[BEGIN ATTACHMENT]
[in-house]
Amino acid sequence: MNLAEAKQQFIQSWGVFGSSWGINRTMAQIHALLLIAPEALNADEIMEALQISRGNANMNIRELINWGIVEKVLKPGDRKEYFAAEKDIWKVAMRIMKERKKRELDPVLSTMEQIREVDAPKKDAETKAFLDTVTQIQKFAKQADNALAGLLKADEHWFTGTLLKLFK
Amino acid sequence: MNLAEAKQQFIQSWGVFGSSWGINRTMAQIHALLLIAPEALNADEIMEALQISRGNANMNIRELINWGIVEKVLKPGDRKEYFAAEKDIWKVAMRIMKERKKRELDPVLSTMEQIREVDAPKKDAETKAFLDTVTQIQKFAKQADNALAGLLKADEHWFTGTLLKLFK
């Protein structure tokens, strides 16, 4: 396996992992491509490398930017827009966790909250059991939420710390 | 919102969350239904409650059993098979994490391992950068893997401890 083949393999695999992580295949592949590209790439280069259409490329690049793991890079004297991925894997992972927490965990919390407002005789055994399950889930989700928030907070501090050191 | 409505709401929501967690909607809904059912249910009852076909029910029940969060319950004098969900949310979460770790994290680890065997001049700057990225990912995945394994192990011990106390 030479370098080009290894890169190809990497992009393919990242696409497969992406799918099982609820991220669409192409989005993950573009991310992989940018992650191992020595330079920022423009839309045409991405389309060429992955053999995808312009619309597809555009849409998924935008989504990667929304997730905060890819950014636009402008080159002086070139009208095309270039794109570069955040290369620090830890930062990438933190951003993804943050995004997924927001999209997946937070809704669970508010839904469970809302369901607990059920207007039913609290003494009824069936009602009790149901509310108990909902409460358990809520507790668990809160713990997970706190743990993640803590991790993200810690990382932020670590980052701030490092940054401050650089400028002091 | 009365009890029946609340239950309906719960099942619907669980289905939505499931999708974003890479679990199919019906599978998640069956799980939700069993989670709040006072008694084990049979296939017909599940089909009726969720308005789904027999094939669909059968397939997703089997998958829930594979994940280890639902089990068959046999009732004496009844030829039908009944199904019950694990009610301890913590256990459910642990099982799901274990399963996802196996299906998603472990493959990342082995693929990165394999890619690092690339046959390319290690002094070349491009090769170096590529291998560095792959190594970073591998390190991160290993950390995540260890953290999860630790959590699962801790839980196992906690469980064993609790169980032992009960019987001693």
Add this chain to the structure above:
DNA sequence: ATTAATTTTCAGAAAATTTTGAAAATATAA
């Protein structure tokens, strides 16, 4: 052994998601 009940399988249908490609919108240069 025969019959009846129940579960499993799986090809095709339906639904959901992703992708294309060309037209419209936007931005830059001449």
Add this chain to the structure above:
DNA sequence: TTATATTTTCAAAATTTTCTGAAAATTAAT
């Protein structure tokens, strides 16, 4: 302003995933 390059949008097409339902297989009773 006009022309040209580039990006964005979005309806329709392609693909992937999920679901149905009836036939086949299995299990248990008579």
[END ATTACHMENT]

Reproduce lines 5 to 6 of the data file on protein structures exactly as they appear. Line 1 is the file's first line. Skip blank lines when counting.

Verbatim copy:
Add this chain to the structure above:
DNA sequence: ATTAATTTTCAGAAAATTTTGAAAATATAA